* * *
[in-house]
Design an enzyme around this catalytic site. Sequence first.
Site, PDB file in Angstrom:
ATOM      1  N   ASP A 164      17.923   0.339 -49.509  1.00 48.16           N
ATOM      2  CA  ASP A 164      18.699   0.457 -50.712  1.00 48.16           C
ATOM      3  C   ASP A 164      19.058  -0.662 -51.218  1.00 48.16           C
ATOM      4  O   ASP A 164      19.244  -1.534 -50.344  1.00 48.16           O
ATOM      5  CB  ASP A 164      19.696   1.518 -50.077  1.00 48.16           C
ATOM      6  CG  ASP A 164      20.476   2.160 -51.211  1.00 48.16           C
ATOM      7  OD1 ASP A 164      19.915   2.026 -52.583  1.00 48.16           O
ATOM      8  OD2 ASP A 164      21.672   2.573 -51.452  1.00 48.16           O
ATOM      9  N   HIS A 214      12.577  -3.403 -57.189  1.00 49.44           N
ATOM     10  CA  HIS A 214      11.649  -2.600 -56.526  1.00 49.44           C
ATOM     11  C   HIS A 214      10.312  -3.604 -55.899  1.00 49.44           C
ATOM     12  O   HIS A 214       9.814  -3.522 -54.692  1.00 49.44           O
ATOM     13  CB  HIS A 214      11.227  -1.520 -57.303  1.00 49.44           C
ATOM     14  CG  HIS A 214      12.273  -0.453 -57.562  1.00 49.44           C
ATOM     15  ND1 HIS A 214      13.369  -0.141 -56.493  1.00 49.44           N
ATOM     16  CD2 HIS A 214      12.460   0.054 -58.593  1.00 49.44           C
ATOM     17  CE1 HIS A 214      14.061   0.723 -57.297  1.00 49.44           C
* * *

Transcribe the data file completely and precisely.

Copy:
[in-house]
Design an enzyme around this catalytic site. Sequence first.
Site, PDB file in Angstrom:
ATOM      1  N   ASP A 164      17.923   0.339 -49.509  1.00 48.16           N
ATOM      2  CA  ASP A 164      18.699   0.457 -50.712  1.00 48.16           C
ATOM      3  C   ASP A 164      19.058  -0.662 -51.218  1.00 48.16           C
ATOM      4  O   ASP A 164      19.244  -1.534 -50.344  1.00 48.16           O
ATOM      5  CB  ASP A 164      19.696   1.518 -50.077  1.00 48.16           C
ATOM      6  CG  ASP A 164      20.476   2.160 -51.211  1.00 48.16           C
ATOM      7  OD1 ASP A 164      19.915   2.026 -52.583  1.00 48.16           O
ATOM      8  OD2 ASP A 164      21.672   2.573 -51.452  1.00 48.16           O
ATOM      9  N   HIS A 214      12.577  -3.403 -57.189  1.00 49.44           N
ATOM     10  CA  HIS A 214      11.649  -2.600 -56.526  1.00 49.44           C
ATOM     11  C   HIS A 214      10.312  -3.604 -55.899  1.00 49.44           C
ATOM     12  O   HIS A 214       9.814  -3.522 -54.692  1.00 49.44           O
ATOM     13  CB  HIS A 214      11.227  -1.520 -57.303  1.00 49.44           C
ATOM     14  CG  HIS A 214      12.273  -0.453 -57.562  1.00 49.44           C
ATOM     15  ND1 HIS A 214      13.369  -0.141 -56.493  1.00 49.44           N
ATOM     16  CD2 HIS A 214      12.460   0.054 -58.593  1.00 49.44           C
ATOM     17  CE1 HIS A 214      14.061   0.723 -57.297  1.00 49.44           C